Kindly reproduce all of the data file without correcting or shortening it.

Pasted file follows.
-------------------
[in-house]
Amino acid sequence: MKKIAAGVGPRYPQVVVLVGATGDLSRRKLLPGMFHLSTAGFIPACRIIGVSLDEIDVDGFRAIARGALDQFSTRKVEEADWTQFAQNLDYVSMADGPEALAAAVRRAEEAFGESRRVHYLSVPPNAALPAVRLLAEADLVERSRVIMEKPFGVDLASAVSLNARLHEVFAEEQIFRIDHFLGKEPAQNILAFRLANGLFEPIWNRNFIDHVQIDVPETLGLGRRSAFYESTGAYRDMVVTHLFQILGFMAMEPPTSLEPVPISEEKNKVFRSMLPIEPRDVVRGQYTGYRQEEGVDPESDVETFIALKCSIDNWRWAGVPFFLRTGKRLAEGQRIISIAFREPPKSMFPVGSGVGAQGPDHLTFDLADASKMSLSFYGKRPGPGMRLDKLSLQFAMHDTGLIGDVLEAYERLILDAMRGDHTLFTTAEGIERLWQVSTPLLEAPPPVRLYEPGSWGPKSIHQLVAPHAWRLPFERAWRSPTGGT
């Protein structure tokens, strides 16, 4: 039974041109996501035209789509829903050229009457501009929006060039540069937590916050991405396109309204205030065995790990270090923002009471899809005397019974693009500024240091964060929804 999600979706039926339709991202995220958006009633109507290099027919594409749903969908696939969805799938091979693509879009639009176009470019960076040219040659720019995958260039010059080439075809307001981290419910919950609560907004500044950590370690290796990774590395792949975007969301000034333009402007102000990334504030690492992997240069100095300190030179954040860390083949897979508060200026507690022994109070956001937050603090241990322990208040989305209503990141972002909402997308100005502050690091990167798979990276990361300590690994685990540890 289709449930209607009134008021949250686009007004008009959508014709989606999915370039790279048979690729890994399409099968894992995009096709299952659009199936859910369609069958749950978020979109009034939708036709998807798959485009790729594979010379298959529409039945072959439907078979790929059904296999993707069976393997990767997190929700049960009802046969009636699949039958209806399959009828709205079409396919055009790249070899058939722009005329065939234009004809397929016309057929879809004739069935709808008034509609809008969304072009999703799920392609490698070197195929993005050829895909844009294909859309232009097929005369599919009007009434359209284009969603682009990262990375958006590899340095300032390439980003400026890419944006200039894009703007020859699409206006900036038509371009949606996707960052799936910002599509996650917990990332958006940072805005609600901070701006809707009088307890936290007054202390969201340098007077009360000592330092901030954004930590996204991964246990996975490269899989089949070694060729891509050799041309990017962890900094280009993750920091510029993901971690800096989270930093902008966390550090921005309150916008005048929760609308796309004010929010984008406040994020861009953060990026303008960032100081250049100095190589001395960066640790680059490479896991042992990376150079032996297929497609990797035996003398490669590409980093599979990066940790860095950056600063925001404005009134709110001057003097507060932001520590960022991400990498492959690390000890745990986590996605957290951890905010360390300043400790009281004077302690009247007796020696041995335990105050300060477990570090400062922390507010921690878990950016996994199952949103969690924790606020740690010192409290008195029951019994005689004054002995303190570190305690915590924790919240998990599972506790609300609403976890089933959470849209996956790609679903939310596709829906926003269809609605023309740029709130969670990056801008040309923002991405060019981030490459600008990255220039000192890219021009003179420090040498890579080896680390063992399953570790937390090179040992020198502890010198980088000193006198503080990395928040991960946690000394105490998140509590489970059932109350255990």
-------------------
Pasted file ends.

[in-house]
Amino acid sequence: MKKIAAGVGPRYPQVVVLVGATGDLSRRKLLPGMFHLSTAGFIPACRIIGVSLDEIDVDGFRAIARGALDQFSTRKVEEADWTQFAQNLDYVSMADGPEALAAAVRRAEEAFGESRRVHYLSVPPNAALPAVRLLAEADLVERSRVIMEKPFGVDLASAVSLNARLHEVFAEEQIFRIDHFLGKEPAQNILAFRLANGLFEPIWNRNFIDHVQIDVPETLGLGRRSAFYESTGAYRDMVVTHLFQILGFMAMEPPTSLEPVPISEEKNKVFRSMLPIEPRDVVRGQYTGYRQEEGVDPESDVETFIALKCSIDNWRWAGVPFFLRTGKRLAEGQRIISIAFREPPKSMFPVGSGVGAQGPDHLTFDLADASKMSLSFYGKRPGPGMRLDKLSLQFAMHDTGLIGDVLEAYERLILDAMRGDHTLFTTAEGIERLWQVSTPLLEAPPPVRLYEPGSWGPKSIHQLVAPHAWRLPFERAWRSPTGGT
């Protein structure tokens, strides 16, 4: 039974041109996501035209789509829903050229009457501009929006060039540069937590916050991405396109309204205030065995790990270090923002009471899809005397019974693009500024240091964060929804 999600979706039926339709991202995220958006009633109507290099027919594409749903969908696939969805799938091979693509879009639009176009470019960076040219040659720019995958260039010059080439075809307001981290419910919950609560907004500044950590370690290796990774590395792949975007969301000034333009402007102000990334504030690492992997240069100095300190030179954040860390083949897979508060200026507690022994109070956001937050603090241990322990208040989305209503990141972002909402997308100005502050690091990167798979990276990361300590690994685990540890 289709449930209607009134008021949250686009007004008009959508014709989606999915370039790279048979690729890994399409099968894992995009096709299952659009199936859910369609069958749950978020979109009034939708036709998807798959485009790729594979010379298959529409039945072959439907078979790929059904296999993707069976393997990767997190929700049960009802046969009636699949039958209806399959009828709205079409396919055009790249070899058939722009005329065939234009004809397929016309057929879809004739069935709808008034509609809008969304072009999703799920392609490698070197195929993005050829895909844009294909859309232009097929005369599919009007009434359209284009969603682009990262990375958006590899340095300032390439980003400026890419944006200039894009703007020859699409206006900036038509371009949606996707960052799936910002599509996650917990990332958006940072805005609600901070701006809707009088307890936290007054202390969201340098007077009360000592330092901030954004930590996204991964246990996975490269899989089949070694060729891509050799041309990017962890900094280009993750920091510029993901971690800096989270930093902008966390550090921005309150916008005048929760609308796309004010929010984008406040994020861009953060990026303008960032100081250049100095190589001395960066640790680059490479896991042992990376150079032996297929497609990797035996003398490669590409980093599979990066940790860095950056600063925001404005009134709110001057003097507060932001520590960022991400990498492959690390000890745990986590996605957290951890905010360390300043400790009281004077302690009247007796020696041995335990105050300060477990570090400062922390507010921690878990950016996994199952949103969690924790606020740690010192409290008195029951019994005689004054002995303190570190305690915590924790919240998990599972506790609300609403976890089933959470849209996956790609679903939310596709829906926003269809609605023309740029709130969670990056801008040309923002991405060019981030490459600008990255220039000192890219021009003179420090040498890579080896680390063992399953570790937390090179040992020198502890010198980088000193006198503080990395928040991960946690000394105490998140509590489970059932109350255990």